June 05, 2017, 05:00 AM
By Anna Schuessler Daily Journal
Strategies for decreasing the number of Redwood City’s sanitary sewer overflows, developing an accurate reporting process and creating a plan for notifying residents when overflows occur are among the objectives clarified in a settlement agreement reached last month by city officials and the nonprofit California River Watch.
Focused on protecting California waterways, the nonprofit sued the city last year for violating the federal Clean Water Act after publicly available data showed the city experienced an estimated 25 sanitary sewer overflows in a five-year period, resulting in more than 35,000 gallons of sewage reaching surface waters, said David Weinsoff, an independent attorney hired to represent the public interest group.
The nonprofit also collected $30,000 from the city to cover legal fees incurred in reaching the settlement, while the city asserted that its management of its wastewater collection system currently meets all Clean Water Act requirements and that the settlement was not an admission of the claims alleged in the nonprofit’s lawsuit, according to the settlement agreement.
Weinsoff said raising concerns about the size and rate of the overflows prompted months of productive conversations between the nonprofit and the city about how the environment could be protected. Outlining the city’s water quality monitoring program, overflow response plan and water sampling protocol for spills in excess of 10,000 gallons were among the outcomes the nonprofit solidified in the agreement. How to post signs warning pedestrians and vehicles against interacting with contaminated water following a spill and a measure to capture video footage of most of the city’s sewer basins to improve the city’s monitoring of them were also clarified in the document.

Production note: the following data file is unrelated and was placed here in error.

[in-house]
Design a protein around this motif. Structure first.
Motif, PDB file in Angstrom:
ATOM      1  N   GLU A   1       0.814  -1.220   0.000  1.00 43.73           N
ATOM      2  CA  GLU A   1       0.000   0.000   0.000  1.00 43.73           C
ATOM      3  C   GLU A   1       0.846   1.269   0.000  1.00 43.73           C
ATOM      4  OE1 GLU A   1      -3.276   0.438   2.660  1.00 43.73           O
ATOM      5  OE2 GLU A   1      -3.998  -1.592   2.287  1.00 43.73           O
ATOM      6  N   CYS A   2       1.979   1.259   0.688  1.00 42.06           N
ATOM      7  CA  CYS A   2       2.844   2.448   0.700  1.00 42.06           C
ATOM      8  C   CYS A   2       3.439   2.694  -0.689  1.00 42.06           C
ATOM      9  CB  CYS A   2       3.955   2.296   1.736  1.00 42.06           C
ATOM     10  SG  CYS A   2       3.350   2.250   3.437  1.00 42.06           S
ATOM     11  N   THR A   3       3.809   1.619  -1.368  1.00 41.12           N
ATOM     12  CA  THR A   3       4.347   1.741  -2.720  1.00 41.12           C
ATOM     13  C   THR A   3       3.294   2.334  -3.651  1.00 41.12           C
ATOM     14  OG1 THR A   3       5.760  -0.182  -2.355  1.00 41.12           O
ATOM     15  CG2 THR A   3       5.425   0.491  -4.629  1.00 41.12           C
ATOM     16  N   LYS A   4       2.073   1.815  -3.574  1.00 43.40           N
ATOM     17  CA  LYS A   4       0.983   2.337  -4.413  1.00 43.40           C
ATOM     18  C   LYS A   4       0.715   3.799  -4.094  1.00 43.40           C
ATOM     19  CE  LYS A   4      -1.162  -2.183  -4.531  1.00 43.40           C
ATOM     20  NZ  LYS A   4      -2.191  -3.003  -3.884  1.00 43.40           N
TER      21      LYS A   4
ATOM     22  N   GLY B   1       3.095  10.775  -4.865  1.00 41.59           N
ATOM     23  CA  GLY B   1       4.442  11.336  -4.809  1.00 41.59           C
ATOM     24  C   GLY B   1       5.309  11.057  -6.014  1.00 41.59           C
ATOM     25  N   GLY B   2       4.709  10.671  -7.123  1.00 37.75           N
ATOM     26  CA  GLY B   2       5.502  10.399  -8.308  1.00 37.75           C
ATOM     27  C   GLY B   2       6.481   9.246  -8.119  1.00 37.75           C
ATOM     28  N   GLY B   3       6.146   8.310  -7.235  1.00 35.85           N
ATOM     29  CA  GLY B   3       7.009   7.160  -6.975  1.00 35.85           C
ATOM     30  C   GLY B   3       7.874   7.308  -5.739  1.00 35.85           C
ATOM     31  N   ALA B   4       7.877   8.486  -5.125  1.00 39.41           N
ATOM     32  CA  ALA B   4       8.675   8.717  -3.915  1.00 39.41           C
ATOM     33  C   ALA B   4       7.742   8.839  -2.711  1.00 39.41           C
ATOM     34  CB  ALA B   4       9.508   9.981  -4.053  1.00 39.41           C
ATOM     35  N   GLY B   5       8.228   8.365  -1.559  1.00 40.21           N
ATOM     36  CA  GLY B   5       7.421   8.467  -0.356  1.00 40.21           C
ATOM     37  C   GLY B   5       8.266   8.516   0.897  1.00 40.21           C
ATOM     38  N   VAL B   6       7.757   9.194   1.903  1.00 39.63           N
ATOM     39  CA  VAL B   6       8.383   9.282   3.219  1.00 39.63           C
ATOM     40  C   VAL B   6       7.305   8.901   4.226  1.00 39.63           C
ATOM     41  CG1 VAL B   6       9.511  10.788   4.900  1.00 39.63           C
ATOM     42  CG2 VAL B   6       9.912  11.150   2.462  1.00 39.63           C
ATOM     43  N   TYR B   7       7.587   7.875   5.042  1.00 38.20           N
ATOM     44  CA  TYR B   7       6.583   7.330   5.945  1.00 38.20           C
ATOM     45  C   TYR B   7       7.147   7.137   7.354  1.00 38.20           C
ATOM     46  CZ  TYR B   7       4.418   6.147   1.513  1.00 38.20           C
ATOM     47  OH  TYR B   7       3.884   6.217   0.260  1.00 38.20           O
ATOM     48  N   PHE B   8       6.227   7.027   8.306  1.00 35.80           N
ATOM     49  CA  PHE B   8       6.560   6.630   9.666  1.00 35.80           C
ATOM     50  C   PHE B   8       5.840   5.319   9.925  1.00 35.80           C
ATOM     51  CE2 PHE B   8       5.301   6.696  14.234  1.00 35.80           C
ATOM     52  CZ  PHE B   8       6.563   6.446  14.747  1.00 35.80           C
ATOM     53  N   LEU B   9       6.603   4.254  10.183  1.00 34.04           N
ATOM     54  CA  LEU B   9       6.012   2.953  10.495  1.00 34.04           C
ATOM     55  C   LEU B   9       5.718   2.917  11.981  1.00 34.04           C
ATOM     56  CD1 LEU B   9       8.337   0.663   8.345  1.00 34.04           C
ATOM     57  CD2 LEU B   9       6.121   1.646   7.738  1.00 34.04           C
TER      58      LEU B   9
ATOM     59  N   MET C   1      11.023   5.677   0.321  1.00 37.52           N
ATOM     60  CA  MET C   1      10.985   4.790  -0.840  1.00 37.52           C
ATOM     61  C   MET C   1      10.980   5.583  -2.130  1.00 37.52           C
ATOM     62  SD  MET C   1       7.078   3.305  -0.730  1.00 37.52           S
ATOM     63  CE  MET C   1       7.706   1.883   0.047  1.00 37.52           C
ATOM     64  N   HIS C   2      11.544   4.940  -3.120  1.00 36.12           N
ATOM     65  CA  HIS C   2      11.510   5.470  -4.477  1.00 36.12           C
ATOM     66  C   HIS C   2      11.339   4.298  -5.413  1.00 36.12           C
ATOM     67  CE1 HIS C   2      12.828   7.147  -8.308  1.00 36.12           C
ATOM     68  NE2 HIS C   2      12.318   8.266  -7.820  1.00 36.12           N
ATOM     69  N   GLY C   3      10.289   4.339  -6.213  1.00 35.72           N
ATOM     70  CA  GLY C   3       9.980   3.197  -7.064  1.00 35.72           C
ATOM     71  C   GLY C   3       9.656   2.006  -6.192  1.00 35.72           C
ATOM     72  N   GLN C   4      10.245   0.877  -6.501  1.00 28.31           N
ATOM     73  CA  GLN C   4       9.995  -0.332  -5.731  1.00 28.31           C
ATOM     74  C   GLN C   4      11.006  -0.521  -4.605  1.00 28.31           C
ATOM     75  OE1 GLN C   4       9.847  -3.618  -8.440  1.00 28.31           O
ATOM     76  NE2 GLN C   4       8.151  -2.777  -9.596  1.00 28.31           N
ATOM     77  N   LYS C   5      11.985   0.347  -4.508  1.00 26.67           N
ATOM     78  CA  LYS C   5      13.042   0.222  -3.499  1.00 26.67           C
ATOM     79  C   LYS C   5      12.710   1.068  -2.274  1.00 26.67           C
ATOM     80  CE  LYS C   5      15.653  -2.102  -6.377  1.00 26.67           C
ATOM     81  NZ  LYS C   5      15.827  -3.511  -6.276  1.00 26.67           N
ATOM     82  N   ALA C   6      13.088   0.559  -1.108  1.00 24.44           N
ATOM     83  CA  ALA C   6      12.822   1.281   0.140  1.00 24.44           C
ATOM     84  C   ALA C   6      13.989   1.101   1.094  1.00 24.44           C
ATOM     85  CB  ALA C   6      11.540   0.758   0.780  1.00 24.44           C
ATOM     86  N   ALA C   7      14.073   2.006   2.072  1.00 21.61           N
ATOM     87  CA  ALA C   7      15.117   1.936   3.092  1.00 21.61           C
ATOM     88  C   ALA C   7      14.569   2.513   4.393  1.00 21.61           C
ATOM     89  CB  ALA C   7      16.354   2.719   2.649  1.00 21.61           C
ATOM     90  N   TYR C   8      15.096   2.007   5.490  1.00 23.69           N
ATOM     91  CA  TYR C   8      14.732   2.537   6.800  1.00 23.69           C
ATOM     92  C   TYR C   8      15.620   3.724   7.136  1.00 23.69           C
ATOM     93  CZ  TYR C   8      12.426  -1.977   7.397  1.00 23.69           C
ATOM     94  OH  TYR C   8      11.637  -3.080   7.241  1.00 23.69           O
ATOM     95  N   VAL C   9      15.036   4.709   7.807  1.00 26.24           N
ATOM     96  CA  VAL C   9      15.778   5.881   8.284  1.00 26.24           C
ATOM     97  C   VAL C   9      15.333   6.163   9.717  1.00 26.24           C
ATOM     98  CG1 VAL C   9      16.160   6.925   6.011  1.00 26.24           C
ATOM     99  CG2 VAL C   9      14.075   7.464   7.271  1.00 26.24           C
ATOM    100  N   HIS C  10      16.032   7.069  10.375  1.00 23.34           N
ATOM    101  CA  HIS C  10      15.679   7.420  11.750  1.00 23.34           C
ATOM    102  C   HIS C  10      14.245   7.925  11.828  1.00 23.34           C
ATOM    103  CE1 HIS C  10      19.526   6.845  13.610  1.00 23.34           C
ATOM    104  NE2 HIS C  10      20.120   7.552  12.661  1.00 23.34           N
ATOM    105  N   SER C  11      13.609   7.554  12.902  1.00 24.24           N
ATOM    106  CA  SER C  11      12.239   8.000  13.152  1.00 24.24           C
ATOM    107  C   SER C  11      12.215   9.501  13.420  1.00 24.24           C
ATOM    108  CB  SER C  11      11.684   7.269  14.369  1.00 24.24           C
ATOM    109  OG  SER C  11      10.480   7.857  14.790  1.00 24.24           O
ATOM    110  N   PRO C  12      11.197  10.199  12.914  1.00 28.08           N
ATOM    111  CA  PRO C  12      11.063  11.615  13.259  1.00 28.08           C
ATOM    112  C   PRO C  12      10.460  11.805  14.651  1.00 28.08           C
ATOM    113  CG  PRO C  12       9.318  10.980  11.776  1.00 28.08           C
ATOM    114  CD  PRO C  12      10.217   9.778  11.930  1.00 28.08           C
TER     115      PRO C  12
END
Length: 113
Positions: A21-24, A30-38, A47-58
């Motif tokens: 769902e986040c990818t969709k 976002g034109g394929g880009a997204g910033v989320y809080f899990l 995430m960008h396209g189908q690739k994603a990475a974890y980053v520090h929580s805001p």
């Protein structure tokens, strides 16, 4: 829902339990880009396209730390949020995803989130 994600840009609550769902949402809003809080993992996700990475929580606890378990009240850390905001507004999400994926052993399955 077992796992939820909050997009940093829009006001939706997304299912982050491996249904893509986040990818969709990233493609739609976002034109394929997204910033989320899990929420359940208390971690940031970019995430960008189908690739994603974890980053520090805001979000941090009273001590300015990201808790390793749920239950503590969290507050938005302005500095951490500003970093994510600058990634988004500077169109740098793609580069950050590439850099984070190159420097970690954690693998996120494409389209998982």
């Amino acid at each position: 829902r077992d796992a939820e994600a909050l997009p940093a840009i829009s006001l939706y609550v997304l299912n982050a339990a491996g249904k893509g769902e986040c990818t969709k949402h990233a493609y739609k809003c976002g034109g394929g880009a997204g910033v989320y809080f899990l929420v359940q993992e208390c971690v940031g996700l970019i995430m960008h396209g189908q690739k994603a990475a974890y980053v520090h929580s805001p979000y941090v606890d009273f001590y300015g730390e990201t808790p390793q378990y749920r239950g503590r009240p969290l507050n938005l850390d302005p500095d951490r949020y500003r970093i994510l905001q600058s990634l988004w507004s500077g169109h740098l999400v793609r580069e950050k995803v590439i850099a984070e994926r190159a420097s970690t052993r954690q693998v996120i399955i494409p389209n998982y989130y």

“It was, in all regards, the way you would hope that the relationship between a municipality and a public interest group would be,” he said.
City spokeswoman Meghan Horrigan confirmed the city’s policies and procedures were not affected materially by the settlement, and that the city is required to manage sewer activities such as televising sewer pipes, fixing pipes in poor condition and monitoring and responding to overflows, among others.
“All these activities are already being conducted by the city and have been for many years,” she said in an email. “The settlement agreement simply formalizes these activities.”
Weinsoff attributed the productive conversation between the city and the nonprofit he represented to an increased awareness of the how important clean water is, especially since the quality of the San Francisco Bay water has improved in the last few decades.
“Ensuring full compliance with federal, state and local laws that affect our land use and our waterways … is critically important to the lives of our community,” he said. “I believe that governments and public interest groups are working hand in hand to ensure that the failures of the past are not repeated and that good practices are put into place.”